Blogging teaches a variety of talents that can be used outside of just blogging, and Deb lives that every day as the Community Manager for BlogTalkRadio. You might know Deb from her famous site Freelance Writing Jobs where she and her friends hand out massive amounts of great advice for freelance writers and bloggers alike.

Her e-book, Beyond Blogging: Using Your Blogging Skills for Bigger and Better Things, is twenty three pages long and comes in at just under ten dollars. An extreme value if I have ever seen one.

Originally posted on February 10, 2011 @ 10:49 pm

Organizing a Blog Post

So many people have a hard time hashing out blog posts in a consistent and efficient manner, and so I wanted to take a minute to talk a bit more about my own system which I have found can decrease the time between starting a post and publishing it.

The Idea

The first part of posting is to come up with ideas. I sometimes find it necessary to just start writing down words related to my industry and working outwards from there. After coming up with a few different ideas, I bring certain main points together as a single post and I have a fully conceptualized idea.

It can also help to see what other people are writing about. Do you have an opinion? Look back and see what was interesting to people a year ago, two years ago. Have things changed or are they still the same? Some of my favourite posts by authors are the ones where they compare/contrast two different products or two different time periods.

The Questions

Everyone knows about who, what, where, when, why and how, and these questions are infinitely more important when getting ready to post on a blog. They are especially useful when you don’t know everything, and can come up with things you’ll want to research to include in the post.

For example, if you are doing an article about a car company you could easily add information about who designed their main cars? When did they perform the best? How well has the public received their cars? Why are they producing cars with bigger engines than another company? What do you see them dealing with over the next few years?

The Research

Don’t take too much time researching, or you can get bogged down in what others have said. For longer articles, you shouldn’t be spending more than an hour researching for a post. This can be one of the longest time sinks in creating an article. Don’t spend time writing the post as you research, or you can get sidetracked, and unable to create proper flow in your article.

For any niche you should be able to, over a period of time, pick out a few resources that are consistently useful for research, and that will save you massive amounts of time. Try not to stray from these main resources too often, unless you aren’t finding the answers you need. Too much variety, and you can land into information overload world, where nothing productive ever happens.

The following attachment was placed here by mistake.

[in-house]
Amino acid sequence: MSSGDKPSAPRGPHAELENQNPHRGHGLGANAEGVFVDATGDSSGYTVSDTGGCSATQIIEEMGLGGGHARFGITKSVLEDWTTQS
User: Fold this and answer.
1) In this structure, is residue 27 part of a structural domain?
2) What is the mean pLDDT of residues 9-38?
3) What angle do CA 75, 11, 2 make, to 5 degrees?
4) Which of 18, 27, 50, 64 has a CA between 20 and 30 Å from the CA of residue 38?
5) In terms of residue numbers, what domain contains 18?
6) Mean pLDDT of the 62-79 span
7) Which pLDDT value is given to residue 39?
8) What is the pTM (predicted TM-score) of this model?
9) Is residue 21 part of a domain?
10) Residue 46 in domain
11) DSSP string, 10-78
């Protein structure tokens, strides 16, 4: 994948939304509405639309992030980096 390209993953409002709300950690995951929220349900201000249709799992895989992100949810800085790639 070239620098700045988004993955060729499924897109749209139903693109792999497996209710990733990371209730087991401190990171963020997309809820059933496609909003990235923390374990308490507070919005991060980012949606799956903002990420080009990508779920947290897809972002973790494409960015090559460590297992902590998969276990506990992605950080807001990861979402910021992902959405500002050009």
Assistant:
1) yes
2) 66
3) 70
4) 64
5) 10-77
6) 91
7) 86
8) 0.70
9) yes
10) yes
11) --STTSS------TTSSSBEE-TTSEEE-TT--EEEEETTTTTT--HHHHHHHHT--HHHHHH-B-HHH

The Post

The amount of time you need to write an article always depends on its length, but now that you’ve come up with an idea, answered some questions, and completed your research, the words should flow from you. Don’t worry about what you are writing, as you can come back after you are done and edit. The hardest thing I ever learned was not to self edit as I was writing.

As paragraphs are written, your mind will come up with other things to say, and usually, if you are properly prepared, the article will flow together nicely.

You should easily be able to tell how long your article is going to be by this point, and don’t try to push it too far beyond that point, or you’ll find yourself adding useless filler. Brevity can be just as important as details, but with the attention span of most people dwindling, shorter is most likely better.

The Call to Action

After you have written, and edited the post, I always suggest going back and adding in a call to action. It might be a question at the end of the post, links to further reading, or just a simple request to have people comment. You are much more likely to have people act upon what they read, if you ask them to.

I enjoy asking people to comment. I want them to know that I’d love to see them participate if they have any thoughts on what I’ve written. Some bloggers put in affiliate links, strange questions, or a list of other articles they have written along the same lines. These can all be important to increasing the longevity of an article online.

The Pretty Additions

Now you are ready to add in links, images, proper text formatting of headings and whatnot. This doesn’t have to be perfect, but it will add some pizazz to your article. Don’t give it too much time. You can edit articles after they have been published, but no one can see the content until it is published. Far too many people play with formatting for so long that the information that they wanted to share becomes stale.

I take the time to set proper headings, bold certain lines of text, italicize what I think would work best, work on the coding for my lists, and insert block quotes at this point.

The Publishing and Promotion

Once everything else is complete, publish. Your articles don’t do you any good unpublished. Get them out into the world. Feel free to edit them after the fact, or to write whole new articles giving more details, or adding onto your original points.

Don’t forget to let the world know about what you’ve written. Don’t be shy. People are hungry for new content, new ideas, and new perspectives, so find a way to get your work to them. The best thing a writer can receive is constructive criticism on how to improve, so open yourself up to that.

Conclusion

If you are trying to merge all of these steps into one, you might find your articles taking forever to craft and it is fairly easy to see why. There are so many areas between crafting the idea and publishing that breaking it down is really the only way to remain consistent and efficient.

Post inspired by Tom Leroux, check out his blog Leroux.ca.

Originally posted on May 11, 2011 @ 7:30 pm